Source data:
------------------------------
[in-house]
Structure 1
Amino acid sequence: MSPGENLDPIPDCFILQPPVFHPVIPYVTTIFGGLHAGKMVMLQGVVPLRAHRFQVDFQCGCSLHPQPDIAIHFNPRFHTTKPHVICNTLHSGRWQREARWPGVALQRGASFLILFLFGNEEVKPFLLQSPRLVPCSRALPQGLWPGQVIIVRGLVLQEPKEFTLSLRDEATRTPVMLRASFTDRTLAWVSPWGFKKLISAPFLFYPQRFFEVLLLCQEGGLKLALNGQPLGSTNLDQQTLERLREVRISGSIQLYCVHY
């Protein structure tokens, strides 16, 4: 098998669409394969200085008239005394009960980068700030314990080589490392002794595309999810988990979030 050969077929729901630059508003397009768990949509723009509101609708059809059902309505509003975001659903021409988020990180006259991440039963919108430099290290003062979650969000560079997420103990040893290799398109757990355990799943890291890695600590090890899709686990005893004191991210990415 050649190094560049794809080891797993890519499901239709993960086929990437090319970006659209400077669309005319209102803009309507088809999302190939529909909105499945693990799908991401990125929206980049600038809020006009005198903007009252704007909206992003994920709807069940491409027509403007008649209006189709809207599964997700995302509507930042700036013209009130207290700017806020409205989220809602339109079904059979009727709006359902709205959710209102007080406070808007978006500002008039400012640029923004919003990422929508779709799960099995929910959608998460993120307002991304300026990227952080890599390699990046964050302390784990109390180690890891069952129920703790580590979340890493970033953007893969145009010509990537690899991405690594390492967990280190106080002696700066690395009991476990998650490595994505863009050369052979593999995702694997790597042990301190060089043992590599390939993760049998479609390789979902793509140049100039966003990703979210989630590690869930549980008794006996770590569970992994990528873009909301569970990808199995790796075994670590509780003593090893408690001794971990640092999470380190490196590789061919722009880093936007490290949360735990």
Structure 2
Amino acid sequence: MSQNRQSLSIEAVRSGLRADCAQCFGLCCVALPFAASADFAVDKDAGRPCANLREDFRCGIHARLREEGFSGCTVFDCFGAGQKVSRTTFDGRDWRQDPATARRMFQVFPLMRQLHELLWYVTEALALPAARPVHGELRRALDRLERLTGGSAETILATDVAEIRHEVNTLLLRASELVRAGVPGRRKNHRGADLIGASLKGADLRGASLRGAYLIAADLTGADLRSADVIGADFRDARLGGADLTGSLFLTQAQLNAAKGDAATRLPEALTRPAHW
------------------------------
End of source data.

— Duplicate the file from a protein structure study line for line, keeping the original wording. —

[in-house]
Structure 1
Amino acid sequence: MSPGENLDPIPDCFILQPPVFHPVIPYVTTIFGGLHAGKMVMLQGVVPLRAHRFQVDFQCGCSLHPQPDIAIHFNPRFHTTKPHVICNTLHSGRWQREARWPGVALQRGASFLILFLFGNEEVKPFLLQSPRLVPCSRALPQGLWPGQVIIVRGLVLQEPKEFTLSLRDEATRTPVMLRASFTDRTLAWVSPWGFKKLISAPFLFYPQRFFEVLLLCQEGGLKLALNGQPLGSTNLDQQTLERLREVRISGSIQLYCVHY
């Protein structure tokens, strides 16, 4: 098998669409394969200085008239005394009960980068700030314990080589490392002794595309999810988990979030 050969077929729901630059508003397009768990949509723009509101609708059809059902309505509003975001659903021409988020990180006259991440039963919108430099290290003062979650969000560079997420103990040893290799398109757990355990799943890291890695600590090890899709686990005893004191991210990415 050649190094560049794809080891797993890519499901239709993960086929990437090319970006659209400077669309005319209102803009309507088809999302190939529909909105499945693990799908991401990125929206980049600038809020006009005198903007009252704007909206992003994920709807069940491409027509403007008649209006189709809207599964997700995302509507930042700036013209009130207290700017806020409205989220809602339109079904059979009727709006359902709205959710209102007080406070808007978006500002008039400012640029923004919003990422929508779709799960099995929910959608998460993120307002991304300026990227952080890599390699990046964050302390784990109390180690890891069952129920703790580590979340890493970033953007893969145009010509990537690899991405690594390492967990280190106080002696700066690395009991476990998650490595994505863009050369052979593999995702694997790597042990301190060089043992590599390939993760049998479609390789979902793509140049100039966003990703979210989630590690869930549980008794006996770590569970992994990528873009909301569970990808199995790796075994670590509780003593090893408690001794971990640092999470380190490196590789061919722009880093936007490290949360735990």
Structure 2
Amino acid sequence: MSQNRQSLSIEAVRSGLRADCAQCFGLCCVALPFAASADFAVDKDAGRPCANLREDFRCGIHARLREEGFSGCTVFDCFGAGQKVSRTTFDGRDWRQDPATARRMFQVFPLMRQLHELLWYVTEALALPAARPVHGELRRALDRLERLTGGSAETILATDVAEIRHEVNTLLLRASELVRAGVPGRRKNHRGADLIGASLKGADLRGASLRGAYLIAADLTGADLRSADVIGADFRDARLGGADLTGSLFLTQAQLNAAKGDAATRLPEALTRPAHW